These early clinical trial results show that tissue-engineered blood vessels can function at least temporarily in humans, a newsworthy advance over previously reported animal trials. However, to write that the experimental blood vessels work better than standard approaches is going too far, too soon.
The story included an estimate that tissue-engineered blood vessels could cost more than $15,000, perhaps making them too expensive for wide use.
The story stated that the experimental grafts made it "easier and safer" for patients to use kidney dialysis machines. However, the study did not actually compare the tissue-engineered grafts to standard artifical grafts. The story also stated that when the experimental grafts worked, those patients fared better than regular dialysis patients. But, again, the study did not include any such direct comparisons.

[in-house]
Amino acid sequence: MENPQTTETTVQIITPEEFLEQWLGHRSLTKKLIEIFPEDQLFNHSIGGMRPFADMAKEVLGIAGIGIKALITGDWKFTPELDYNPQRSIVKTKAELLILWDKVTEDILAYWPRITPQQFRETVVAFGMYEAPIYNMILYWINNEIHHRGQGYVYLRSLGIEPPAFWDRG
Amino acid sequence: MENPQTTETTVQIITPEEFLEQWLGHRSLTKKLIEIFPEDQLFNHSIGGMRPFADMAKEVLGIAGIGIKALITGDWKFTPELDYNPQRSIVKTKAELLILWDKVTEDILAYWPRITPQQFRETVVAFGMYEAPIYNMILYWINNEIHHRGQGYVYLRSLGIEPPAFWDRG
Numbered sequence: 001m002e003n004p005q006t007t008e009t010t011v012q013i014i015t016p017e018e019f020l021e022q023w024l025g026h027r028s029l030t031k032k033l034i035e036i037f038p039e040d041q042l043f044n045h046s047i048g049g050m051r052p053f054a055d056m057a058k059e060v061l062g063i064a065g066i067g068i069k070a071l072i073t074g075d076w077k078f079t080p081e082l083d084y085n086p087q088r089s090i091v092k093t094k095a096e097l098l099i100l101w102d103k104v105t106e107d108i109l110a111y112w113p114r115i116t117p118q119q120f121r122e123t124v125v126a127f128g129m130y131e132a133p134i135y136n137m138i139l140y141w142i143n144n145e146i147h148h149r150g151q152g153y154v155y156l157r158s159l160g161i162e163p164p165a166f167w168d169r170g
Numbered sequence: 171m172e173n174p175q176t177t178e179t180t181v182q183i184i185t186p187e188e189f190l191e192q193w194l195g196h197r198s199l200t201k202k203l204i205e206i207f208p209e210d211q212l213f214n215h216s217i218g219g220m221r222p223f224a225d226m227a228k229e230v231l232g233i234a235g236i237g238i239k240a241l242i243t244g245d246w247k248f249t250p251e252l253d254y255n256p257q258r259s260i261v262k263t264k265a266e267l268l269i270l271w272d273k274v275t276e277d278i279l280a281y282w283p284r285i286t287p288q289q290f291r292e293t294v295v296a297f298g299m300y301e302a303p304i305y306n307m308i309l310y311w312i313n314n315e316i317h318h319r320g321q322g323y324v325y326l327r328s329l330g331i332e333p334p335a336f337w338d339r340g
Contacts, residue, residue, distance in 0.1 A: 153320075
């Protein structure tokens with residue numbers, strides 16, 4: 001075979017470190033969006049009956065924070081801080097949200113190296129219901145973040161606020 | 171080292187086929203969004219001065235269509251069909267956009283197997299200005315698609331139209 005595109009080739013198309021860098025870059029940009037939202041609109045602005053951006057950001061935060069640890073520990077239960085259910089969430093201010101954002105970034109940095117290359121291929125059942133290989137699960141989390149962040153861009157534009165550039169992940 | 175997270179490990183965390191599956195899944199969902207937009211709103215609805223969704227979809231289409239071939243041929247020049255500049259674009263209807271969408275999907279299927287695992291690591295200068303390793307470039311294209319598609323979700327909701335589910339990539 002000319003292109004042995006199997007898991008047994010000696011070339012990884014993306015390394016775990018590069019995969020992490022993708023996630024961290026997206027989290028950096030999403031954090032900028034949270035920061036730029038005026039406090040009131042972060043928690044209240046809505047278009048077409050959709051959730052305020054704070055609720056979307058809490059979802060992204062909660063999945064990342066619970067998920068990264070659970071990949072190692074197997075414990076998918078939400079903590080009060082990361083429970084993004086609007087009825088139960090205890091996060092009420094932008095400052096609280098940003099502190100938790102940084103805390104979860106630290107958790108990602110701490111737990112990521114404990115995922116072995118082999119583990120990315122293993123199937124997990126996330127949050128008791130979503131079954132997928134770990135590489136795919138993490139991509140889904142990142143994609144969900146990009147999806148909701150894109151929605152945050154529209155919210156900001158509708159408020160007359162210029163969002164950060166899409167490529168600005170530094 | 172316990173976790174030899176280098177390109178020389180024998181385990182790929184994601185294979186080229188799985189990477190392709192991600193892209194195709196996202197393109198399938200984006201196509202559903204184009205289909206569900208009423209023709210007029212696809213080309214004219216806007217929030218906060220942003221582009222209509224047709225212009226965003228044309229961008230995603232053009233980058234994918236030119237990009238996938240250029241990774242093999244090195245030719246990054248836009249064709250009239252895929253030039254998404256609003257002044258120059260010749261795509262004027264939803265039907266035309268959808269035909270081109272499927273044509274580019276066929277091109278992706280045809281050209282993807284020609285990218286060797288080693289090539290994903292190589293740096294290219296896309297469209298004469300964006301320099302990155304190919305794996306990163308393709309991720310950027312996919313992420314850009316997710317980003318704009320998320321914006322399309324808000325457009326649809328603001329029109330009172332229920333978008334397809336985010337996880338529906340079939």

The story stated that the new approach made it "easier and safer" for dialysis. But such a statement can’t be made definitively in a lead sentence of a story on such early research. Indeed, the story presented the picture of harms unevenly, stating that artificial vessels are "prone to infection and inflammation," without explaining how often that happens. We don’t think it helps reader comprehension to paint an existing approach with such a broad negative brush while painting the new and uNPRoven approach with such a broad positive brush.
The story points out that the study reported results from only 10 patients. While it quoted the author of a journal commentary as saying the "technology is very, very promising" and that the study is "a revolutionary milestone," it also quoted the commentator as saying it is "difficult to predict what will happen next."
The story included results from all 10 patients, including three failures, a death that was apparently unrelated to the study, and the withdrawal of one participant.